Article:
Your credit score is a 3-digit number that ranges from 300 to 900. The effect it has on your ability to build a strong financial life is very powerful. Your score is derived from your credit report which is used by lenders to determine how quickly you can get a loan and at what interest rate.
If you have never taken a loan you won’t have a credit score or report. This presents a unique problem – some lenders will not provide you with a loan or credit card because you have no payment track record for them to base a lending decision on.
Lenders rely heavily on your credit report to make a lending decision. At the same time, your credit score serves as a simple tool for you to understand whether you meet a lender’s requirements.
There are 3 simple ways to build a credit history and therefore, a credit score:
1. Buy a mobile phone or other consumer durable on installments: Today, when you walk into a store and purchase a mobile phone on installments, you’re being given what is known as a consumer durable loan. This is offered to many first-time loan takers (sometimes they don’t even know they are taking a loan).
2. Apply for a low limit credit card with the bank that has your salary account: The bank that receives your salary account can see that you have a steady income and should be willing to provide you with a starting-out credit card with a low credit limit (Rs. 15,000 to 20,000).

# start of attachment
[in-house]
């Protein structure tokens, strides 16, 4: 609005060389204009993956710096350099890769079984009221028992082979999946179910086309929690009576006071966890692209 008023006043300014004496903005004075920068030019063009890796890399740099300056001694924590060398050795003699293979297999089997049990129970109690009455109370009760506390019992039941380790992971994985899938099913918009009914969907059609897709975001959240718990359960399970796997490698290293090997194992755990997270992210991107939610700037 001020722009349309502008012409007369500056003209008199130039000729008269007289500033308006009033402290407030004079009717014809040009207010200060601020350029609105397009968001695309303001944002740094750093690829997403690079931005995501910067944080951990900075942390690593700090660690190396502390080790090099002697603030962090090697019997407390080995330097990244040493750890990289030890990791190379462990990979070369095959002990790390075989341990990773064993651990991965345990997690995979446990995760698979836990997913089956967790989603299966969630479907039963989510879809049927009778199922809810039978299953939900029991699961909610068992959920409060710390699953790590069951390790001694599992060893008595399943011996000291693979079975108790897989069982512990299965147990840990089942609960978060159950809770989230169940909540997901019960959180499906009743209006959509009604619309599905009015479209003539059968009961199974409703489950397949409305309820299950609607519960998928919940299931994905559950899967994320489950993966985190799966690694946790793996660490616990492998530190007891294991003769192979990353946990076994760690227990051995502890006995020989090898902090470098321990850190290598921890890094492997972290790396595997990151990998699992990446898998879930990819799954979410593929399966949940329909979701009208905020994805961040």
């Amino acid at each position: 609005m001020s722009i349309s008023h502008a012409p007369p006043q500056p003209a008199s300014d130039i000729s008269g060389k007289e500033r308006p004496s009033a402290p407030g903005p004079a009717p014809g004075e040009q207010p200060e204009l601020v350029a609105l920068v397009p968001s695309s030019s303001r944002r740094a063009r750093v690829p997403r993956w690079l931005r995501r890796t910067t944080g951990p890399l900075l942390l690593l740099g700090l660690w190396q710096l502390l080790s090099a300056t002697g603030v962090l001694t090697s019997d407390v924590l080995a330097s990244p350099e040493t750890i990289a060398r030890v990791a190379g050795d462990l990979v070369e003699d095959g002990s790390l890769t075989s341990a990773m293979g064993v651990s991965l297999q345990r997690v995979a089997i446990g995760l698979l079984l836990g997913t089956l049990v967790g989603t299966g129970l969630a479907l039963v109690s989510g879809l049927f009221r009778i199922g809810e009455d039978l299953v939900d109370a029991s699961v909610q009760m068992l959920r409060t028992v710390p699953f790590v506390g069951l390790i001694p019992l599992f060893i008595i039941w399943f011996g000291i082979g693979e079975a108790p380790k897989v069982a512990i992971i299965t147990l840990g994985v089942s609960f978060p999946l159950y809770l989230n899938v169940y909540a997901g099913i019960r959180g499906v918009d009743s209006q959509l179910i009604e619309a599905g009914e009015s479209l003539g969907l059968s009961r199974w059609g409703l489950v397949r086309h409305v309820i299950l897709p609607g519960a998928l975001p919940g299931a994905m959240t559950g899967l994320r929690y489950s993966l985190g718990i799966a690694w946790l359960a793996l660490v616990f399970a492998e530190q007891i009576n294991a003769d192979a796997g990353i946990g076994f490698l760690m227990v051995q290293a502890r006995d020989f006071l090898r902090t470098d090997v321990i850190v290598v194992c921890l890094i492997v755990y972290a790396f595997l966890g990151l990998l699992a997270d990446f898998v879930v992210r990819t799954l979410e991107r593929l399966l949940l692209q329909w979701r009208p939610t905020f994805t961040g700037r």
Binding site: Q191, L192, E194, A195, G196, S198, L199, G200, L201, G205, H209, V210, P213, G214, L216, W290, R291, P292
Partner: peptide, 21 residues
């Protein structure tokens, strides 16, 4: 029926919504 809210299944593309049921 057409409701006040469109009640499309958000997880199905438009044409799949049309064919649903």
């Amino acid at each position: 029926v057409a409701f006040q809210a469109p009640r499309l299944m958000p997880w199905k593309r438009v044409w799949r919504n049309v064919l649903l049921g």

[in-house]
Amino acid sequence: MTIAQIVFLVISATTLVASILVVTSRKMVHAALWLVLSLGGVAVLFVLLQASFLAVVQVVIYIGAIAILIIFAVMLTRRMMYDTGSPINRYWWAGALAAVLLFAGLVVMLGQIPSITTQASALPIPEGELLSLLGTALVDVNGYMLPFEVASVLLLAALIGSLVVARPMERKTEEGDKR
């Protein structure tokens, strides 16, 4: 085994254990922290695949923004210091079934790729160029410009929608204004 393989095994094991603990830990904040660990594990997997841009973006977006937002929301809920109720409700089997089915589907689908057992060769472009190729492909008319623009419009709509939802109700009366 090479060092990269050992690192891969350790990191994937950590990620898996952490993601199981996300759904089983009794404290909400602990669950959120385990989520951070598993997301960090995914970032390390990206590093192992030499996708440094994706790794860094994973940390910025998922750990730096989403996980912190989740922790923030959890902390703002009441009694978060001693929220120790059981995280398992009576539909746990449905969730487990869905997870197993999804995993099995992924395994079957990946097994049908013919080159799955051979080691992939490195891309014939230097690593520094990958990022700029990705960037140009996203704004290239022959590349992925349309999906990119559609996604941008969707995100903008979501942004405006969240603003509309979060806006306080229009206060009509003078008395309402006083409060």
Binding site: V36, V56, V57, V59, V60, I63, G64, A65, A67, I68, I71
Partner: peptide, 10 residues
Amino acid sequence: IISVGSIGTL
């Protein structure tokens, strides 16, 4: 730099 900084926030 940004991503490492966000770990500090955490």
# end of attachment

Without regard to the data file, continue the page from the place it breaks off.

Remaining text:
3. Apply for a secured card: These are issued by some banks against a fixed deposit of the same amount as the credit line you are offered. For example, you make a deposit of Rs. 20,000 and are given a credit card with that limit. This protects the bank in case of a default and gives you the opportunity to build your credit history.
Once you have made payments for six months, credit bureaus like Experian and CIBIL, will be able to provide you with a credit score. It’s imperative that you make payments in a timely and consistent fashion. Missed payments on your credit report will lead to a lower credit score and, unfortunately, the opposite of what you were trying to achieve – potential loan rejections or higher interest rates.
Previously, only one of the credit bureaus could provide you with an accurate credit score. This all changed in 2015, when the RBI mandate for lenders to share data with all bureaus came into play. You should keep in mind that lenders consider 780 (Experian Credit Score) and 750 (CIBIL Credit Score) to be a ‘good’ score.
Now, there are lots of companies that can give you access to these credit scores for free, forever. It is your data and you shouldn’t have to pay to see it. It’s important to make sure that your score accurately represents your financial reputation.
Given that it’s free and can be accessed online in minutes, what’s stopping you from tracking your score today?